Unlike the first launch, we wanted to make sure these products were for us by us, which means that we want our community to be able to afford and try the full collection. We partnered with retailers Amazon and Sally Beauty, making it readily available across the U.S., in every neighborhood. All of our products are between $4 to $10, so customers can easily mix and match to buy products from the collection that they need. In addition, formulating products that truly help in cultivating healthy strands. No matter what style your hair is in, our collection is here to help you manage and maintain the health of your hair.
Can you tell a bit about your own hair journey? I know you've been honest about horrible (and clearly racist) experiences with hairstylists who weren't equipped to style your hair on set early in your career. How did that inform the product line, if at all?
I've always been interested in my hair and understood how hairstyles have shown my personality and represent me to the world. I recall people always having an opinion on what my hair should and shouldn't look like, from family to work environments. I've gone through all the stages of hair that most Black women go through, including braids, relaxers, wigs and weaves. Sometimes these styles put a strain on your actual strands so it's important to care for your hair through any and all styles you might have.
I fully encourage self-expression and authentic ownership of personal style. Wanting to try different or trendy hairstyles shouldn't mean compromising the health of your hair, nor breaking the bank with expensive products. We were dedicated to developing the perfect blend of high quality, affordable products for all types of textured hair to promote flawless beauty through choice and diversity.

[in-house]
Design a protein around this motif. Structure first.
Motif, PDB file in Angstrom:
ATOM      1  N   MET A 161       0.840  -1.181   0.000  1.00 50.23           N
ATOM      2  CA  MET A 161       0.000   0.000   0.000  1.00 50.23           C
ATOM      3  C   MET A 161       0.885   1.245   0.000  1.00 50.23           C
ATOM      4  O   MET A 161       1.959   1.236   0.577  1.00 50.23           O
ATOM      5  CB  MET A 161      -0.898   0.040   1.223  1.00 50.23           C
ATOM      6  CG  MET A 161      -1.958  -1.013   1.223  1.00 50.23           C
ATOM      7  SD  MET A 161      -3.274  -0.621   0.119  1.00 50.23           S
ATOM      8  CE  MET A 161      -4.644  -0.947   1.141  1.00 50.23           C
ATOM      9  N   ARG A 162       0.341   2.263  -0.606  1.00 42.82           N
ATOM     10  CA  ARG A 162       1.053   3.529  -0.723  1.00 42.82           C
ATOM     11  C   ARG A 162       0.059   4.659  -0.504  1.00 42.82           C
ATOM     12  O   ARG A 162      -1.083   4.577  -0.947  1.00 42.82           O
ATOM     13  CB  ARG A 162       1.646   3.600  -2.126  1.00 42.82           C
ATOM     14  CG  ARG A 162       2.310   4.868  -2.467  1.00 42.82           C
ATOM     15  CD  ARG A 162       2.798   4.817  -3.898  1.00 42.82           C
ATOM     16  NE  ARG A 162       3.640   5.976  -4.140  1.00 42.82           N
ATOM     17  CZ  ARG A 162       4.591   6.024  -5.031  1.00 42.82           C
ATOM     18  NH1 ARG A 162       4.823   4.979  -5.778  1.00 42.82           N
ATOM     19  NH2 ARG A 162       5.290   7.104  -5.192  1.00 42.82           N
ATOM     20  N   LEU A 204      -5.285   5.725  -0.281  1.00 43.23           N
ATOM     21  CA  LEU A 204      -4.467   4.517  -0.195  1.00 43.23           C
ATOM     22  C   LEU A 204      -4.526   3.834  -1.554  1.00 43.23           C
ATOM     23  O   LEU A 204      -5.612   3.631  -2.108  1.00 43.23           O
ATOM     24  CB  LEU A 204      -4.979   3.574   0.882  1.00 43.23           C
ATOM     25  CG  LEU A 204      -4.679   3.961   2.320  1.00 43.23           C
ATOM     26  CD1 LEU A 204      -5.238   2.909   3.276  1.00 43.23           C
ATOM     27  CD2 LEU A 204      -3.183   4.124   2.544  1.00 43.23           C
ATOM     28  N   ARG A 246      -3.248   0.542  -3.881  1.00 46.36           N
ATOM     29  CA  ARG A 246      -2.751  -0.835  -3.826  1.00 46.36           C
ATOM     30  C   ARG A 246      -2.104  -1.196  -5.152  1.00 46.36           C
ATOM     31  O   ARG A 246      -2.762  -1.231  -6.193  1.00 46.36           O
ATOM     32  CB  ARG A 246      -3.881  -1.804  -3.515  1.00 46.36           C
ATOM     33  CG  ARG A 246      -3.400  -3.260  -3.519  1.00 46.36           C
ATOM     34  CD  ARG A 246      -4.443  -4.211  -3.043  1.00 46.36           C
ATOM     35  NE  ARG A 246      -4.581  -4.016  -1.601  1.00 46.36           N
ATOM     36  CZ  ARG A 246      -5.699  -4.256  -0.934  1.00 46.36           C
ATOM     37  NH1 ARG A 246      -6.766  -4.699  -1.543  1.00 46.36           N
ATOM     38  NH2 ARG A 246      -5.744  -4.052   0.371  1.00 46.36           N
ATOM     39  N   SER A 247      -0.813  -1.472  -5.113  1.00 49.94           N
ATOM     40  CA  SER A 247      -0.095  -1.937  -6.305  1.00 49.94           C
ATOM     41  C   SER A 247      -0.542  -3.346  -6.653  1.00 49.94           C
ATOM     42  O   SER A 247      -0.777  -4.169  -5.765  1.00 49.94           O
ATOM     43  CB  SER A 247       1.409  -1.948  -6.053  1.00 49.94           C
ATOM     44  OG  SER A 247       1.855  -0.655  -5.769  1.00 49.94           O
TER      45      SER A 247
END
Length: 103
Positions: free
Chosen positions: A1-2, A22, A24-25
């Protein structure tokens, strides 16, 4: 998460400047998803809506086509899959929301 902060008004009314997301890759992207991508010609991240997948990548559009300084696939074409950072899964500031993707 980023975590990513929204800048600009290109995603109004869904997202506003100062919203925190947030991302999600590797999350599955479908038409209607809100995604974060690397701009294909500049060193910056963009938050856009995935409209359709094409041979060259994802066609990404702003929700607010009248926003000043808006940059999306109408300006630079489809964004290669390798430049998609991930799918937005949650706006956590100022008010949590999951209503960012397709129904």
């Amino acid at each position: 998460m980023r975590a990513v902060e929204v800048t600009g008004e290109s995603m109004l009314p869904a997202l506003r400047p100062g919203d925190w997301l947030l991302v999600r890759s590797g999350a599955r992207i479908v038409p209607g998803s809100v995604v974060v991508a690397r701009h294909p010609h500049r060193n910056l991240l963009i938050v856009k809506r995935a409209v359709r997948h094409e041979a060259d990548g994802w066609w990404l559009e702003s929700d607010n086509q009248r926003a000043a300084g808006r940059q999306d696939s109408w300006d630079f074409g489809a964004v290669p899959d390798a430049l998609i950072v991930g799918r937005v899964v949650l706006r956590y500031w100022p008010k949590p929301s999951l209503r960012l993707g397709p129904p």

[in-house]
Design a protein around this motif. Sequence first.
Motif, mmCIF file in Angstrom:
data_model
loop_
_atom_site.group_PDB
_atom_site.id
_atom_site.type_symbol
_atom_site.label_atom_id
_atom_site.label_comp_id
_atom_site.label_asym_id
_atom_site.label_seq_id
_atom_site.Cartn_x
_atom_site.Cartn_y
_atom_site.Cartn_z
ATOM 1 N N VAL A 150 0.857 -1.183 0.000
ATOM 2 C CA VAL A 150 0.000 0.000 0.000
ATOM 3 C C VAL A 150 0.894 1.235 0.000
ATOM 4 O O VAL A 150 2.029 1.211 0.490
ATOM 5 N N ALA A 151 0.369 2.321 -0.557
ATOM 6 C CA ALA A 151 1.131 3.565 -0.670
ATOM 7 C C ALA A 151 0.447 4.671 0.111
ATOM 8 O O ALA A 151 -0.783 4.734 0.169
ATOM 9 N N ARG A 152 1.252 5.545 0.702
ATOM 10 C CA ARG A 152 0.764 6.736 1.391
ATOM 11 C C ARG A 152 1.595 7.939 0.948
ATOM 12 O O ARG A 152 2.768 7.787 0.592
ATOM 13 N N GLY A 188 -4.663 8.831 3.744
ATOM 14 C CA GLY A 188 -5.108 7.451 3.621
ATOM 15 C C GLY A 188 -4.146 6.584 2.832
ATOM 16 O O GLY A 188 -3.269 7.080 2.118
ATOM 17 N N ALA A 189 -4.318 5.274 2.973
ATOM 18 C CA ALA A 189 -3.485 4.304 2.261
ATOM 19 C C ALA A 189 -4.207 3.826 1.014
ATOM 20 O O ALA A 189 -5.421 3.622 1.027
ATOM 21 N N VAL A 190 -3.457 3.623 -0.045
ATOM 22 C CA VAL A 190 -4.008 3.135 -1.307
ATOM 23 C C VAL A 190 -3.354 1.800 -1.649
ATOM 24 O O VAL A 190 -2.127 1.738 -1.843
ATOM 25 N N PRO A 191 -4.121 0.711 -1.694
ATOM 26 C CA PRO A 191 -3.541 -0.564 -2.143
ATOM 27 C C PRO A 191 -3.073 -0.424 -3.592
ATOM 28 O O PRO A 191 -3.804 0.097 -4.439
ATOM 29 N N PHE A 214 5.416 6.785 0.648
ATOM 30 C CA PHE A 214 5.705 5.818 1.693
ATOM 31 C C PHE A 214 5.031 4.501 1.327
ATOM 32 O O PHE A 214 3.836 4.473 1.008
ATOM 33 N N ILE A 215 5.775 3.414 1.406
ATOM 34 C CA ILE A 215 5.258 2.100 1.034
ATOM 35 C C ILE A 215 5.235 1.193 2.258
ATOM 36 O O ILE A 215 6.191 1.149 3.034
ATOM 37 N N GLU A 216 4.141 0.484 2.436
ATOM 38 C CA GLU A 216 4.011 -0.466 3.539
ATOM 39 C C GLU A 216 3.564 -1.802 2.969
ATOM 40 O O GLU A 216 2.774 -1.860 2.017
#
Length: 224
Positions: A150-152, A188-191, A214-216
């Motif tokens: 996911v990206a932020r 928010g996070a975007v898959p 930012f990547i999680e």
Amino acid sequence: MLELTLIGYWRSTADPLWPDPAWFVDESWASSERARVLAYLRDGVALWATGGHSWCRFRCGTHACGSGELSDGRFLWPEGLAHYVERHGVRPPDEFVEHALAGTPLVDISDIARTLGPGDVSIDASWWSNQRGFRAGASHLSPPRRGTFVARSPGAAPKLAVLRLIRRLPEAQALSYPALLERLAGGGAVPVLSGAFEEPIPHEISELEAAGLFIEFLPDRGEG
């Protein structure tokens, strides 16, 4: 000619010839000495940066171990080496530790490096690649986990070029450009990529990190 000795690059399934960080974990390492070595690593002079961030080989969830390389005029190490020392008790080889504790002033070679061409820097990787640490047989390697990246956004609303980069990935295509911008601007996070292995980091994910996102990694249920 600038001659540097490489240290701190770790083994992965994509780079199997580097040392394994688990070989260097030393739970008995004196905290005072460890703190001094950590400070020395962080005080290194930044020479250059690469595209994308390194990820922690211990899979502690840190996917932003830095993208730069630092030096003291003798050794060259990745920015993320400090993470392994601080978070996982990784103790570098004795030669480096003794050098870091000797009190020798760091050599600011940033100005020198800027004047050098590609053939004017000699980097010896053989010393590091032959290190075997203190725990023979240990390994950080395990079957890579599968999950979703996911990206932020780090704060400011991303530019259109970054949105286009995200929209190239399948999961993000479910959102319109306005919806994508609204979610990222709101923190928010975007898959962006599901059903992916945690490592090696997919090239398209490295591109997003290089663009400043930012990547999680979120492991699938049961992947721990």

You mentioned your struggle with with hair loss due to hormonal changes and re-growing your hair. What do you want other people who may be experiencing the same frustrations to know?
Through the process of growing my hair, I've gained a major learning of patience. Along with hair loss, a big hair struggle was just accepting my hair for what it was. Growing up, hair-envy is so real — especially when you're working on a movie set and your hair doesn't look like everyone else's. It doesn't lay as flat, isn't as long or the hired stylists don't understand it. Through patience, I've realized as you continue to learn who you are, love yourself more, you'll begin to love all the things about you that may have been previously perceived as flaws.
Why was it important for you to work with Larry Sims to create this line, and what insights did he bring to the product development process?
Larry has been with me since the beginning. When I had hair struggles he was the first one I called. [He] literally cried with me during the most devastating moments of my hair health journey. It was together that we researched and tried various ingredients and products on my hair. He is a master educator and has been my stylist for years, so we are always experimenting — he knows what my hair likes and doesn't like. And as a hairstylist who has been in the industry for years, he's educated on the science behind hair.
There's a big conversation right now about transparency with ownership, particularly when it comes to Black-targeting beauty brands that front as Black-owned, but are not actually set up in a way that financially benefits Black people. What does the Flawless corporate structure look like, in terms of Black representation, and how consciously did you build your team with representation in mind?
Myself and Larry Sims are majority owners. In addition, it was important that the people supporting the brand are Black. We are Black-led and Black-marketed and we want to communicate the best messages to our core consumer, our community.
How can the beauty industry become anti-racist?
This is an ongoing process. We can start by hiring Black people in front and behind the scenes. Everyone should be 'in.' We live in a diverse world and it should be mandatory to have people at the table that reflect our core consumers and the world at large.
This interview has been edited for clarity.
Click through the gallery below to see the full Flawless by Gabrielle Union product lineup.